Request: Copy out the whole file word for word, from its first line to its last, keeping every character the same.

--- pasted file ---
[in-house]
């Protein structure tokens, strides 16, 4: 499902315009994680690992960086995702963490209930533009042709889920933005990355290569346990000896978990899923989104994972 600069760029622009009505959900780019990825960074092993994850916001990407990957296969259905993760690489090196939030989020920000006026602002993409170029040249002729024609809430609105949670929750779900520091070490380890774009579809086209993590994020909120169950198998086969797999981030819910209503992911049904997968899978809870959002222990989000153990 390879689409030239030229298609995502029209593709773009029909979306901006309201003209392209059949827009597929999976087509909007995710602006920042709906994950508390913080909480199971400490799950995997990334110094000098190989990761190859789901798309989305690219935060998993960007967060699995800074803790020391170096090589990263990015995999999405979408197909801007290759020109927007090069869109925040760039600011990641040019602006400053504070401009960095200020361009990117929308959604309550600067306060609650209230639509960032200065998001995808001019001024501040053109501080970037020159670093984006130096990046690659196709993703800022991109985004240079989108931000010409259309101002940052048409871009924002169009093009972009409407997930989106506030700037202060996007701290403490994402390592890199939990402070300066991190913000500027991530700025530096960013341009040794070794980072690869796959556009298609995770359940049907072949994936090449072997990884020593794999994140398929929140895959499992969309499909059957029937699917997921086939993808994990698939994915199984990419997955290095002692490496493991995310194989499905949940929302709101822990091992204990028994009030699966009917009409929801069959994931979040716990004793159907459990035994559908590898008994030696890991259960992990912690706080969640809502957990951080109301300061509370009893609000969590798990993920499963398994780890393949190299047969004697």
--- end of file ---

[in-house]
């Protein structure tokens, strides 16, 4: 499902315009994680690992960086995702963490209930533009042709889920933005990355290569346990000896978990899923989104994972 600069760029622009009505959900780019990825960074092993994850916001990407990957296969259905993760690489090196939030989020920000006026602002993409170029040249002729024609809430609105949670929750779900520091070490380890774009579809086209993590994020909120169950198998086969797999981030819910209503992911049904997968899978809870959002222990989000153990 390879689409030239030229298609995502029209593709773009029909979306901006309201003209392209059949827009597929999976087509909007995710602006920042709906994950508390913080909480199971400490799950995997990334110094000098190989990761190859789901798309989305690219935060998993960007967060699995800074803790020391170096090589990263990015995999999405979408197909801007290759020109927007090069869109925040760039600011990641040019602006400053504070401009960095200020361009990117929308959604309550600067306060609650209230639509960032200065998001995808001019001024501040053109501080970037020159670093984006130096990046690659196709993703800022991109985004240079989108931000010409259309101002940052048409871009924002169009093009972009409407997930989106506030700037202060996007701290403490994402390592890199939990402070300066991190913000500027991530700025530096960013341009040794070794980072690869796959556009298609995770359940049907072949994936090449072997990884020593794999994140398929929140895959499992969309499909059957029937699917997921086939993808994990698939994915199984990419997955290095002692490496493991995310194989499905949940929302709101822990091992204990028994009030699966009917009409929801069959994931979040716990004793159907459990035994559908590898008994030696890991259960992990912690706080969640809502957990951080109301300061509370009893609000969590798990993920499963398994780890393949190299047969004697």